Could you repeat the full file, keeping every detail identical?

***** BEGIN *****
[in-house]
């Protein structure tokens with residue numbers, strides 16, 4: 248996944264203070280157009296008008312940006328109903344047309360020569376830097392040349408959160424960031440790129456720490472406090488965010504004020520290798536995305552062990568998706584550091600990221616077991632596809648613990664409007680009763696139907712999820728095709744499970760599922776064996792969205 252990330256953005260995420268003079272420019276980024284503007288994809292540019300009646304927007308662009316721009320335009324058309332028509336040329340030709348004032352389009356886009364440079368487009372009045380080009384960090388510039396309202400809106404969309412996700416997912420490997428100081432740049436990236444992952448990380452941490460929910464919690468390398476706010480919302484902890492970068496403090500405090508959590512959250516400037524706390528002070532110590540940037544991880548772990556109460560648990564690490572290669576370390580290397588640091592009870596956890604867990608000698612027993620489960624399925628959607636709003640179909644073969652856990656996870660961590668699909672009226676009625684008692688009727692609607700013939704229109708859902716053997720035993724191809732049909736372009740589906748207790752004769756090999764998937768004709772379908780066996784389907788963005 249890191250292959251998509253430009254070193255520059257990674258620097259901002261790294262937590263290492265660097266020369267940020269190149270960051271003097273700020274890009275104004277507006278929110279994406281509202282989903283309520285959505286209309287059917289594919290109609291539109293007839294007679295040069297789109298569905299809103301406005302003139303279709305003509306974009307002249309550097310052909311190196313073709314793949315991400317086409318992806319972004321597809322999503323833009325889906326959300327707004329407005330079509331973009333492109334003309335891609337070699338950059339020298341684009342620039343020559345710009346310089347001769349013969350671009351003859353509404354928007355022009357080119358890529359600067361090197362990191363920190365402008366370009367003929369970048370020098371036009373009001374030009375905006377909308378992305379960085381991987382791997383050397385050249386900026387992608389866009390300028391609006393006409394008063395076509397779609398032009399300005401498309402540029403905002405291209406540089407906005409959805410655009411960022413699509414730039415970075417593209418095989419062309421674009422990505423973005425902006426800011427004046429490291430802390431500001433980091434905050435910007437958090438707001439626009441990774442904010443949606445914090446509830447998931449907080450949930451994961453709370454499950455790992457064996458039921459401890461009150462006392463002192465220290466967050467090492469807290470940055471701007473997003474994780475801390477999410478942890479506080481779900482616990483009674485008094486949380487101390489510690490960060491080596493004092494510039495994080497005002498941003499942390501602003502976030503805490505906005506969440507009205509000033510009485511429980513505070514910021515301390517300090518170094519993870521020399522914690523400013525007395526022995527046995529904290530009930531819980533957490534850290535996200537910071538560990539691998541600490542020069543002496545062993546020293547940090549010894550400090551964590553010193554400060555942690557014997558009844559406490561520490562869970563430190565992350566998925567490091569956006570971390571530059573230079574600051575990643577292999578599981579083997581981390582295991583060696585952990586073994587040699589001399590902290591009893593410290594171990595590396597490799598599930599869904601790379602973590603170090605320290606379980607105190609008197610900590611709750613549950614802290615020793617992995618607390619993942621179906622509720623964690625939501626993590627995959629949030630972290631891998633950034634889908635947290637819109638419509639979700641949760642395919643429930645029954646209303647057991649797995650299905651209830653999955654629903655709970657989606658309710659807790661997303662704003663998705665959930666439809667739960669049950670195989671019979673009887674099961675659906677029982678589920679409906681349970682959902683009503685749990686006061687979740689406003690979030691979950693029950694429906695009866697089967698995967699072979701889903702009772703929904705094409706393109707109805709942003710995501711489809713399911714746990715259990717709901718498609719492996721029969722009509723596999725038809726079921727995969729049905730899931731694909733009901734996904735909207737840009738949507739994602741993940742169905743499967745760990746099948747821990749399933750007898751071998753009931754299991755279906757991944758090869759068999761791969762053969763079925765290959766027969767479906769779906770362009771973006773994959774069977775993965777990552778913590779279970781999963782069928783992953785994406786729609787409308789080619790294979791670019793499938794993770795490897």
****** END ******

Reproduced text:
[in-house]
């Protein structure tokens with residue numbers, strides 16, 4: 248996944264203070280157009296008008312940006328109903344047309360020569376830097392040349408959160424960031440790129456720490472406090488965010504004020520290798536995305552062990568998706584550091600990221616077991632596809648613990664409007680009763696139907712999820728095709744499970760599922776064996792969205 252990330256953005260995420268003079272420019276980024284503007288994809292540019300009646304927007308662009316721009320335009324058309332028509336040329340030709348004032352389009356886009364440079368487009372009045380080009384960090388510039396309202400809106404969309412996700416997912420490997428100081432740049436990236444992952448990380452941490460929910464919690468390398476706010480919302484902890492970068496403090500405090508959590512959250516400037524706390528002070532110590540940037544991880548772990556109460560648990564690490572290669576370390580290397588640091592009870596956890604867990608000698612027993620489960624399925628959607636709003640179909644073969652856990656996870660961590668699909672009226676009625684008692688009727692609607700013939704229109708859902716053997720035993724191809732049909736372009740589906748207790752004769756090999764998937768004709772379908780066996784389907788963005 249890191250292959251998509253430009254070193255520059257990674258620097259901002261790294262937590263290492265660097266020369267940020269190149270960051271003097273700020274890009275104004277507006278929110279994406281509202282989903283309520285959505286209309287059917289594919290109609291539109293007839294007679295040069297789109298569905299809103301406005302003139303279709305003509306974009307002249309550097310052909311190196313073709314793949315991400317086409318992806319972004321597809322999503323833009325889906326959300327707004329407005330079509331973009333492109334003309335891609337070699338950059339020298341684009342620039343020559345710009346310089347001769349013969350671009351003859353509404354928007355022009357080119358890529359600067361090197362990191363920190365402008366370009367003929369970048370020098371036009373009001374030009375905006377909308378992305379960085381991987382791997383050397385050249386900026387992608389866009390300028391609006393006409394008063395076509397779609398032009399300005401498309402540029403905002405291209406540089407906005409959805410655009411960022413699509414730039415970075417593209418095989419062309421674009422990505423973005425902006426800011427004046429490291430802390431500001433980091434905050435910007437958090438707001439626009441990774442904010443949606445914090446509830447998931449907080450949930451994961453709370454499950455790992457064996458039921459401890461009150462006392463002192465220290466967050467090492469807290470940055471701007473997003474994780475801390477999410478942890479506080481779900482616990483009674485008094486949380487101390489510690490960060491080596493004092494510039495994080497005002498941003499942390501602003502976030503805490505906005506969440507009205509000033510009485511429980513505070514910021515301390517300090518170094519993870521020399522914690523400013525007395526022995527046995529904290530009930531819980533957490534850290535996200537910071538560990539691998541600490542020069543002496545062993546020293547940090549010894550400090551964590553010193554400060555942690557014997558009844559406490561520490562869970563430190565992350566998925567490091569956006570971390571530059573230079574600051575990643577292999578599981579083997581981390582295991583060696585952990586073994587040699589001399590902290591009893593410290594171990595590396597490799598599930599869904601790379602973590603170090605320290606379980607105190609008197610900590611709750613549950614802290615020793617992995618607390619993942621179906622509720623964690625939501626993590627995959629949030630972290631891998633950034634889908635947290637819109638419509639979700641949760642395919643429930645029954646209303647057991649797995650299905651209830653999955654629903655709970657989606658309710659807790661997303662704003663998705665959930666439809667739960669049950670195989671019979673009887674099961675659906677029982678589920679409906681349970682959902683009503685749990686006061687979740689406003690979030691979950693029950694429906695009866697089967698995967699072979701889903702009772703929904705094409706393109707109805709942003710995501711489809713399911714746990715259990717709901718498609719492996721029969722009509723596999725038809726079921727995969729049905730899931731694909733009901734996904735909207737840009738949507739994602741993940742169905743499967745760990746099948747821990749399933750007898751071998753009931754299991755279906757991944758090869759068999761791969762053969763079925765290959766027969767479906769779906770362009771973006773994959774069977775993965777990552778913590779279970781999963782069928783992953785994406786729609787409308789080619790294979791670019793499938794993770795490897």